The H-1B program contains strong provisions to ensure that U.S. and foreign workers are protected. Employers must guarantee that the U.S. workers will not be adversely affected upon the hiring of an H-1B professional. A U.S. employer using the program must also guarantee that: (1) the foreign professional will not adversely affect the working conditions of U.S. colleagues; (2) U.S. colleagues will be given notice of the foreign professional’s presence among them; (3) there is no strike or lockout at the worksite; and (4) the position requires a professional in a specialty occupation and the intended employee has the required qualifications. Employers who fail to comply with the Department of Labor (“DOL”) regulations may become subject to investigation, civil and administrative penalties, payment of back wages, and disbarment from participation in key immigration programs.

To ensure that U.S. and foreign workers are protected, each employer must maintain an audit/public access file for each H-1B applicant it has acquired. It is important to keep the public access file separate from all other employee and business files. The employer is required to have a public inspection file and DOL is able to audit that inspection file as well as payroll records to make sure the foreign worker is/was being paid the wage stated in the application. Public access files must be maintained for a period of one year beyond the last date on which any H-1B nonimmigrant was employed under the labor condition application.

Although H-1B audits are not that common, the H-1B program is currently undergoing scrutiny. Therefore, it is extremely important to maintain an organized H-1B audit/public access file, so you may expedite the audit and possibly save the company from any potential liability due to mingled or misplaced files. Audits may occur due to former employee complaints, randomly or on a profile basis. For a random audit, the DOL simply selects an employer to audit. However, a profile audit occurs when the DOL discovers a significant variation of offenses in a particular industry/area and the employer is part of the same industry/area, or the DOL has a profile for violators and the employer meets the profile. Evidently, an employer should expect an audit at some point because it is the DOL’s intent to eventually audit everyone who files LCAs.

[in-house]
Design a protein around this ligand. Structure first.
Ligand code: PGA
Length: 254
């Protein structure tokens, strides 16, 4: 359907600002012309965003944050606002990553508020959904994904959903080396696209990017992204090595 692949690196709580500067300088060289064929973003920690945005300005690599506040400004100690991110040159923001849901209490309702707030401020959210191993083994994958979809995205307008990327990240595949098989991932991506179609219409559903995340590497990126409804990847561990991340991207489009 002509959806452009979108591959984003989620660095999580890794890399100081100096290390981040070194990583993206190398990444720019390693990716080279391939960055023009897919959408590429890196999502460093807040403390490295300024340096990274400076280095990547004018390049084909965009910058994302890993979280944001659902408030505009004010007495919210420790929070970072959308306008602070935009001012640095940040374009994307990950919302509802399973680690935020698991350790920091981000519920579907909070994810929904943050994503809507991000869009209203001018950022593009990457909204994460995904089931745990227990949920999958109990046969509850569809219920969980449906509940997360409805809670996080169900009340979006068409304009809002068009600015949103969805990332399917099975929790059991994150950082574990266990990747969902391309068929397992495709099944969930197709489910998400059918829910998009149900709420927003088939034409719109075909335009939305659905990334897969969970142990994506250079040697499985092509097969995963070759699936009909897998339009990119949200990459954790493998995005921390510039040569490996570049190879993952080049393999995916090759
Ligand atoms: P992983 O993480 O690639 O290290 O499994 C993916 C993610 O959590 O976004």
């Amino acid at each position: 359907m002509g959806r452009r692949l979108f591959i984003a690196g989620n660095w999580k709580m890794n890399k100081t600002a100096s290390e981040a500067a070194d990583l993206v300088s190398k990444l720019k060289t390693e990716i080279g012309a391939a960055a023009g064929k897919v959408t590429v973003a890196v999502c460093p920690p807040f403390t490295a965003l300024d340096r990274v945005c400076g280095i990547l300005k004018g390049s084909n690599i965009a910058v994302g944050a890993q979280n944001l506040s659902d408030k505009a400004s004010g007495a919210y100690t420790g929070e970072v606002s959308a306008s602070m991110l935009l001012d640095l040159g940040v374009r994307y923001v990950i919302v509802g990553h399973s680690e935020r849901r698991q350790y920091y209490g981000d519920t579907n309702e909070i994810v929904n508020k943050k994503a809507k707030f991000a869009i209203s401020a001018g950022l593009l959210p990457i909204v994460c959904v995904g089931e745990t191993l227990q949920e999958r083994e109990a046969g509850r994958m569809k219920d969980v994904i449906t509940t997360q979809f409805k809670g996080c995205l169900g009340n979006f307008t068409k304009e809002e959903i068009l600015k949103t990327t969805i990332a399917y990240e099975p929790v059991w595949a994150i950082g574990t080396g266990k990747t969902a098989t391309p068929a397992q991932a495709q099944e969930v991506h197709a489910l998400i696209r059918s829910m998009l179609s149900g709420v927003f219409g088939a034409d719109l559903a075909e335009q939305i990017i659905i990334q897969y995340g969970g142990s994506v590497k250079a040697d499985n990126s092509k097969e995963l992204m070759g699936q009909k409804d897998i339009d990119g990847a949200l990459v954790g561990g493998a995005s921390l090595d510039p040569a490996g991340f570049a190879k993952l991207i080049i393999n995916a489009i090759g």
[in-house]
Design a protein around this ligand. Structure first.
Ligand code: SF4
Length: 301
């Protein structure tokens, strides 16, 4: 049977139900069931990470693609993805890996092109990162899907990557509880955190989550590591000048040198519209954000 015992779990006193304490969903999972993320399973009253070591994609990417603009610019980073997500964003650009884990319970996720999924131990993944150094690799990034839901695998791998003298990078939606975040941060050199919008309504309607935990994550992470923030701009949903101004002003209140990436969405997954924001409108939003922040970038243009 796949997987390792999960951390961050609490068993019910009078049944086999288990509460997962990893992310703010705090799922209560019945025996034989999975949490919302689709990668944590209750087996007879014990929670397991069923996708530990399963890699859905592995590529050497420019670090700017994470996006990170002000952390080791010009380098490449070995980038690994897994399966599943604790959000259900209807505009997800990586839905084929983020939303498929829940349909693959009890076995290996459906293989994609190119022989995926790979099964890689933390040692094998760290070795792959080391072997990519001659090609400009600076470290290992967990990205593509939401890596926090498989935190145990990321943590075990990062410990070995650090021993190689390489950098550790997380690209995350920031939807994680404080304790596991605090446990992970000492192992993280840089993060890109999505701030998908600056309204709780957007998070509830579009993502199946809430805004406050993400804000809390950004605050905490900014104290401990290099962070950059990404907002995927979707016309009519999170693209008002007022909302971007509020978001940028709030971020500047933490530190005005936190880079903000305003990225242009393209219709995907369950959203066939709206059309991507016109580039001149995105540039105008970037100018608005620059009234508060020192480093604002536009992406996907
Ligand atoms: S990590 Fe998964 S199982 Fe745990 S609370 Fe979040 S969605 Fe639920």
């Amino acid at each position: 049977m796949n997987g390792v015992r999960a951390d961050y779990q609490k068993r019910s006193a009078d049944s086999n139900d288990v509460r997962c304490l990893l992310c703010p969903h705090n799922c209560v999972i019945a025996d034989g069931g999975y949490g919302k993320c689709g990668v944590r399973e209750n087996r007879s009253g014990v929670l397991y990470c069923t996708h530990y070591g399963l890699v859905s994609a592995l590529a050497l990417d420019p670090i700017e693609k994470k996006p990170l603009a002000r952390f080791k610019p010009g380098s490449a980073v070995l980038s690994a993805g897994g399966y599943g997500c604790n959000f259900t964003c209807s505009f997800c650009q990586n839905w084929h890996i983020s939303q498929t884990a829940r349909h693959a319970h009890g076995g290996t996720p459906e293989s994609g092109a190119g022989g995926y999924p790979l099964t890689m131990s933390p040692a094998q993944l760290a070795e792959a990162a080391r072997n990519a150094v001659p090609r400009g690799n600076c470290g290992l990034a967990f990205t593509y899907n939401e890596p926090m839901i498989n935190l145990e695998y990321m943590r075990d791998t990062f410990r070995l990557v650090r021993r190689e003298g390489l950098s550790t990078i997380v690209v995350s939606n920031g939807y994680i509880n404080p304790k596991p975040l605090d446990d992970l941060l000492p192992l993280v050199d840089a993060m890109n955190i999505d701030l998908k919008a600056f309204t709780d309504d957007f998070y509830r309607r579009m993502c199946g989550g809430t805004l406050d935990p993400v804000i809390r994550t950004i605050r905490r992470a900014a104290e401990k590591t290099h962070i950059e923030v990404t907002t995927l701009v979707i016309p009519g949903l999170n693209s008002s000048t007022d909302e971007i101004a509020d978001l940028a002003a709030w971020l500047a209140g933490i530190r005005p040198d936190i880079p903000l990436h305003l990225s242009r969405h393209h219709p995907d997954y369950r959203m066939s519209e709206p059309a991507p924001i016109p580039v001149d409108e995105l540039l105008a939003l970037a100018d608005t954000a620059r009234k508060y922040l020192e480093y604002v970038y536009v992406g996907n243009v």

To avoid potential costly fines, payment of back wages and/or disbarment from participation in key immigration programs, it is our recommendation that employers keep the following documents within each H-1B applicant’s separate public access file:

• A copy of each certified labor condition application (Form ETA 9035 or Form ETA 9035E) including all pages and cover sheet;
• Documentation which provides the wage rate to be paid to the non-immigrant (ex. Employment offer/agreement);
• A clear explanation of the system that the employer used to set the “actual wage” the employer has paid or will pay workers in the occupation sought (ex. Statement/evidence of employer’s pay-system or scale);
• Documentation which the employer used to establish the “prevailing wage” for the occupation sought (ex. Printout from;
• A copy of the notice of posting including dates of posting, and a statement identifying the two posting locations;
• A statement confirming that a copy of the approved LCA was provided to the H-1B worker;
• If employer is H-1B dependent and/or a willful violator, and indicates on the LCA that only “exempt” H-1B non-immigrants will be employed, a list of such “exempt” H-1B non-immigrants should be within the file;
• If employer is H-1B dependent and/or a willful violator, and indicates such on the LCA, a summary of the recruitment methods used and the time frames of recruitment of U.S. workers, or copies of documents establishing this information should be within the file

Posted On: June 10, 2008

Maintaining a I-9 AUDIT Files